We were building Waste to Energy incinerators in the 70s and 80s. Even wet garbage has a net positive energy balance if you handle it right. The environmental Whackos killed them off. But I suppose we could still mine the dumps for garbage. It’s just that it’s more contaminated with dirt and of a lower energy value per ton.

  • Just throw it in your neighbor’s trash.

  • R, you have to comprehend what I wrote. If you don’t do that, your subsequent post will make no sense. I didn’t speculate on what materials Mr. Schwartz “recycles” (That is just the stuff that he throws in that particular bin). I know what things are recyclable or not – those things are definitely aluminum and glass, certain plastics, and paper (but only if the paper is in shape and a certain material). So, I was stating what’s actually going to be recycled, meaning what things do not end up in the landfill. BTW, I got nothing against landfills anyway.

    Any haphazard piece of trash that’s made of a variety of materials is also not easily recyclable, even if some parts are, due to the labor of taking it all apart.

    Speaking of that last bit, cars are one of the most recycled products around, and many people don’t know that. Go to a junk yard and see what few usable parts are left these days, as compared to in the past. You hardly see any steering wheels, wheels, shift levers, instruments, knobs, anything. That is because they have all been (or going to be) sold on the web, or they have been in inventory, not just sitting on the cars anymore. It’s too bad for me, as someone who likes junk yards, but a good way of making more money.

    Then, there is nothing but some plastic, foam, and glass left, in addition to the steel, which of course is recycled. This is because it is WORTH IT, something left-wing folks don’t understand (the free market that is). The car parts and the steel fetch enough money to make it worth it for the materials/parts to be reused.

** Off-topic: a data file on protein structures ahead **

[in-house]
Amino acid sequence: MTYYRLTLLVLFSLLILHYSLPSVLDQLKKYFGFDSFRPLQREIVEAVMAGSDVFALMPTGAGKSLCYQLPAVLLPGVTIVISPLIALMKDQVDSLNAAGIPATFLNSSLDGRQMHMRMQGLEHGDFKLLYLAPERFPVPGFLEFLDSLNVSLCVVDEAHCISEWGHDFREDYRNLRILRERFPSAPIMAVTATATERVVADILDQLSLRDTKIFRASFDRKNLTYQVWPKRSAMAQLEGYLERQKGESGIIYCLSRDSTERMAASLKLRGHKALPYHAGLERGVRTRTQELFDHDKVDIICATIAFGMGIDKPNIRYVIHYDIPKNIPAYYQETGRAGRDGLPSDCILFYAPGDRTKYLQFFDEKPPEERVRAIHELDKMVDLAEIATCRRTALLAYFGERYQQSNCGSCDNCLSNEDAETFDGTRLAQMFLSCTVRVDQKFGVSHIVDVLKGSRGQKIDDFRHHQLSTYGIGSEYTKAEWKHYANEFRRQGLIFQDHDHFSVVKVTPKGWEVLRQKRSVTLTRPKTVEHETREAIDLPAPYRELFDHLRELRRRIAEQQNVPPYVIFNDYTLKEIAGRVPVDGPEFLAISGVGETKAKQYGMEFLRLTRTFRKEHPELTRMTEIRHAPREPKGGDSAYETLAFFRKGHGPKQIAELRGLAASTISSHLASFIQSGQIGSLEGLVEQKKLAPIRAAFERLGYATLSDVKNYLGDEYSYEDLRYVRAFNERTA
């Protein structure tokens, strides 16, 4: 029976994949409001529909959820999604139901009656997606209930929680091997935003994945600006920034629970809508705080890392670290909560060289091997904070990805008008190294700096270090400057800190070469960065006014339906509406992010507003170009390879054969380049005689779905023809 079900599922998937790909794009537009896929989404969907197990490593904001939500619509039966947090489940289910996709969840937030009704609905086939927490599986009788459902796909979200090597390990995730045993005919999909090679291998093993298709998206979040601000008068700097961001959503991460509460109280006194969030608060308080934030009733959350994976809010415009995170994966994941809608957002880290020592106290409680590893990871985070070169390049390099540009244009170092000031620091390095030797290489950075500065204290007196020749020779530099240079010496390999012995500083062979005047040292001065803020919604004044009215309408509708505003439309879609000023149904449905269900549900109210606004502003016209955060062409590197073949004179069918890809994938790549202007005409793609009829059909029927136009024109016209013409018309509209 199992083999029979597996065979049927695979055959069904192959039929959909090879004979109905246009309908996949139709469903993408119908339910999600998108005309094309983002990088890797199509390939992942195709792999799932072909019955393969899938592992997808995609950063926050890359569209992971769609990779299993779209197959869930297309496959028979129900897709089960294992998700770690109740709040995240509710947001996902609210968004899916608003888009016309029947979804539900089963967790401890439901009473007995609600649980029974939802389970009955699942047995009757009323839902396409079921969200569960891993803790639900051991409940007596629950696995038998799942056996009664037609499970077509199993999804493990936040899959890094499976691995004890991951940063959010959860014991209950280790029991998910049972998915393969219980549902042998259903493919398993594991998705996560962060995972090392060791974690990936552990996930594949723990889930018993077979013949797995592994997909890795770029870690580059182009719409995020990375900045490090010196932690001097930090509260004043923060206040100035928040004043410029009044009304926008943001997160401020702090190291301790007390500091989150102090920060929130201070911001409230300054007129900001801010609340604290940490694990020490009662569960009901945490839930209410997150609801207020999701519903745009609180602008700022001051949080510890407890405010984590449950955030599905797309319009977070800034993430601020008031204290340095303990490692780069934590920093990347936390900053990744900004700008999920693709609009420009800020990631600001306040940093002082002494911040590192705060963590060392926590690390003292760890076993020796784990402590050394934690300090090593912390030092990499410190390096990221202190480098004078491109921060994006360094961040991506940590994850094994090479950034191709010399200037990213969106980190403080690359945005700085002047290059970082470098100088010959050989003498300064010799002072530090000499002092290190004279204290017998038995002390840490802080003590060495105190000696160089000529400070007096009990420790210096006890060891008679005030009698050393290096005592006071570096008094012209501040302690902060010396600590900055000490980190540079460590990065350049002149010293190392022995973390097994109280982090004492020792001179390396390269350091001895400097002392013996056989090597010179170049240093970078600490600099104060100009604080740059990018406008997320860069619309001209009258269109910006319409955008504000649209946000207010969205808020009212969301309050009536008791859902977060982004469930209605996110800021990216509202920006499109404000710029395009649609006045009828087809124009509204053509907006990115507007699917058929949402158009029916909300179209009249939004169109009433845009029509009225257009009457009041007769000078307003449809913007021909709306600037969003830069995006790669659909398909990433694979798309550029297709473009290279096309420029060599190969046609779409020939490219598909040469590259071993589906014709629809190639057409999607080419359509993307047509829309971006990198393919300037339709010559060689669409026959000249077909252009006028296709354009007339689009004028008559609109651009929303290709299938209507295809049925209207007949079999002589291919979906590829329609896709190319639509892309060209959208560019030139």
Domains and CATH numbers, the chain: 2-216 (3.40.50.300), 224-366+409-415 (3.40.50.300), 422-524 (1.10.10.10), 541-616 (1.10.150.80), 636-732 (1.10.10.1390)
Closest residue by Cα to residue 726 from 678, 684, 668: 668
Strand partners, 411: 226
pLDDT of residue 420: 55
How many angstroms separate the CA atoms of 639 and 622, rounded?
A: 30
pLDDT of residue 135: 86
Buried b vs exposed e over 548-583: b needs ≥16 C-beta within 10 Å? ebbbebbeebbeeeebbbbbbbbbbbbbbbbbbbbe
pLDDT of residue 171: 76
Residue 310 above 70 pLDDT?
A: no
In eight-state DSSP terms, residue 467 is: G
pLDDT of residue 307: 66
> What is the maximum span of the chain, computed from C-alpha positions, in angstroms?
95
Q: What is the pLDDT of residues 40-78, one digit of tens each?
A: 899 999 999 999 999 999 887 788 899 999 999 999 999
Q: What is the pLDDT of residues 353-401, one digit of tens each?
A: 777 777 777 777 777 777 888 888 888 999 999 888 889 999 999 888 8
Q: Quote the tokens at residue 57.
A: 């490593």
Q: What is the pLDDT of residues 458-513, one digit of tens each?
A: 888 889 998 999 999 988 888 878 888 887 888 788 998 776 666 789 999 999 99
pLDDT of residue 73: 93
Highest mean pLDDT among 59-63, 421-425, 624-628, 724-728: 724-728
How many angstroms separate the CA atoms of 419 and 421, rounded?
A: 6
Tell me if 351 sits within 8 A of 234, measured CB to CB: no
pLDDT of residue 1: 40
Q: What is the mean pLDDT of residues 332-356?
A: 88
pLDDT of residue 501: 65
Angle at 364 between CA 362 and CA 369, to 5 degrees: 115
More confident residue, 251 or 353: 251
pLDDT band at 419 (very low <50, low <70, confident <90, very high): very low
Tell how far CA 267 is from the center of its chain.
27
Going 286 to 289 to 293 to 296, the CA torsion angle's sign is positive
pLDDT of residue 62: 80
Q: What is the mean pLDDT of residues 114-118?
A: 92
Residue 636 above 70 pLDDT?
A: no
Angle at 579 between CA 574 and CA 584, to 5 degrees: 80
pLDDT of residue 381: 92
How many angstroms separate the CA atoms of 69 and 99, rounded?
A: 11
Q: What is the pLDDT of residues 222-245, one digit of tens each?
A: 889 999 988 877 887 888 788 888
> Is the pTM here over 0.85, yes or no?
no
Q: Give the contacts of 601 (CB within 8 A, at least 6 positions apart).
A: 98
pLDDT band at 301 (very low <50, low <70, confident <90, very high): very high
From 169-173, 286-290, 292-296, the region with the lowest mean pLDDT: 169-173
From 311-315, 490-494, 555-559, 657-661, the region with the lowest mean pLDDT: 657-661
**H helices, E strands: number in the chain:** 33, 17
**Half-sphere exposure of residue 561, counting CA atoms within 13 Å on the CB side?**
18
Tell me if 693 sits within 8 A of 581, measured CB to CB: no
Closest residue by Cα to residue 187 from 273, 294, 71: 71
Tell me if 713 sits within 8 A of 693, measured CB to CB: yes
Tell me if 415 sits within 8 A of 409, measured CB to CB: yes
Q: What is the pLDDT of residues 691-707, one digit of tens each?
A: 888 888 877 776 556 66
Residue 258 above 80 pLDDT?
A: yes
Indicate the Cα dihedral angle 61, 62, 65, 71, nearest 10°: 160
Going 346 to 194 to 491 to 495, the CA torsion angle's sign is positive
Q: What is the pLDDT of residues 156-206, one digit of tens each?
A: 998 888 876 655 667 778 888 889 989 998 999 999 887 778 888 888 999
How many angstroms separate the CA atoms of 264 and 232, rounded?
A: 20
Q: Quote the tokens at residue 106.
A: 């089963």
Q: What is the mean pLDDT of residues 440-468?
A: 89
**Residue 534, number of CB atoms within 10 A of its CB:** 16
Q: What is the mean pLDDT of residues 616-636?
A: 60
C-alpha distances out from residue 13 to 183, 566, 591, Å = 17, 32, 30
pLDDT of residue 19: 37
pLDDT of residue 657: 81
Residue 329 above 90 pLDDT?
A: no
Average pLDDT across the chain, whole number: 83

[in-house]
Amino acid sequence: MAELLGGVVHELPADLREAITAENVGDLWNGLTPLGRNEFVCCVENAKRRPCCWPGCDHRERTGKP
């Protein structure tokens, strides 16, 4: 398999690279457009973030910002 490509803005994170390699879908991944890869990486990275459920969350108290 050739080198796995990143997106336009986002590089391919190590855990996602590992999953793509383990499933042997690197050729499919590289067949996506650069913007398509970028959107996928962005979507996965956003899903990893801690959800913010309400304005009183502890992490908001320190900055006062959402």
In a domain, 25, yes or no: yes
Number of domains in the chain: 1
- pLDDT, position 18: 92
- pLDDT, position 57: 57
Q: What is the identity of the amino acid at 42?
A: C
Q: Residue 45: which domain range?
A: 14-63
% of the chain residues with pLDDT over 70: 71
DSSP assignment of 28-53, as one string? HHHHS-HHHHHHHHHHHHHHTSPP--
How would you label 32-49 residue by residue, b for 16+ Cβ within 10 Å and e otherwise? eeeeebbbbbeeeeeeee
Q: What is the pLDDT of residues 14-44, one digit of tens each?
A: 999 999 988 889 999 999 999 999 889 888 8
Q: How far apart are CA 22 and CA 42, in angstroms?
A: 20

• Dennis, maybe if we could convince the enviro-wackos that we can burn pure dirt to power the world. Nahh, shoot, there’s that nasty Carbon Dioxide and Water vapor product thing again.

    Still, a dirt-burning auto – the hippies would love it!

  • If you told the wackos we could burn hemp and its non-industrial “cousin” for fuel, there might be a more favorable response to combustion as fuel. Just a thought, maaannn.

  • A big factor in what gets recycled and what goes into the landfill is how far it has to be trucked to its destination.

  • Bill, you bring up a good point that relates to what my friend brought up. What is the problem with sending the compost to the landfill with everything else going there? I figure, the compost can be used locally, and therefore it would save money over trucking it out to the landfill. On the other hand, it means more complicated pick-up (trash, recycling, and compost separately). I don’t know if this is really the reason, or just the simple thought “we’ve got to save the landfills!”.

    There is plenty of room in most areas of the country for landfills until the next ice age or longer. In the metro areas, it does get costly to truck stuff out farther, that’s all. In those areas, the taxes that go to trash hauling ought to reflect this, so that, in a free-market way, people will recycle more to keep the costs down, along the lines of what Bill says above. Weighing trash bins would go a long way toward putting people in this business mode. Course, then you got people like Mojo, who would reek havoc on that system, till he feels the salt in his buttocks. ;-)

  • You’re right, Todd. Hippies are all about hemp. They will tell you all you want to know about the industrial uses, profit margins etc. However, were it to be legal, I kind of doubt any one of their ability to actually become a hemp plant manager, hemp salesman, hemp plant human resources manager, hemp Q/A associate, or any other actual job, for that matter. Well, maybe hemp farmer – on a small organic scale.

    Why not just come out and say: We like to smoke pot, and the US government has no business in prohibiting it! I’d have a lot more respect for hippies if I heard that. (well, also, if they wouldn’t always smell live vitamins)

  • Bill Alexander:
    > A big factor in what gets recycled and what goes into the landfill is
    > how far it has to be trucked to its destination.

    Transportation is a major cost. If it costs more to “recycle” it than you can earn for it, it’s not going to be recycled. Conversely, if there is money in it, it will be recycled. The scrap value of the material is a pretty good estimate of whether it’s worth the bother to recycle.

    Nobody throws away copper, and NOBODY throws away gold.

  • Dang, Dennis, I put the gold in the blue bin with the aluminum cans! Was that wrong?

  • Two Words

    Mount Trashmore

  • Great Dirk, did you climb it just “because it’s there”?

    How about a real mountain next time, like Mt. Hood or Rainier?

  • I used to sled down it when I was a kid. They banned that a few years back due to …you guessed it… lawsuits.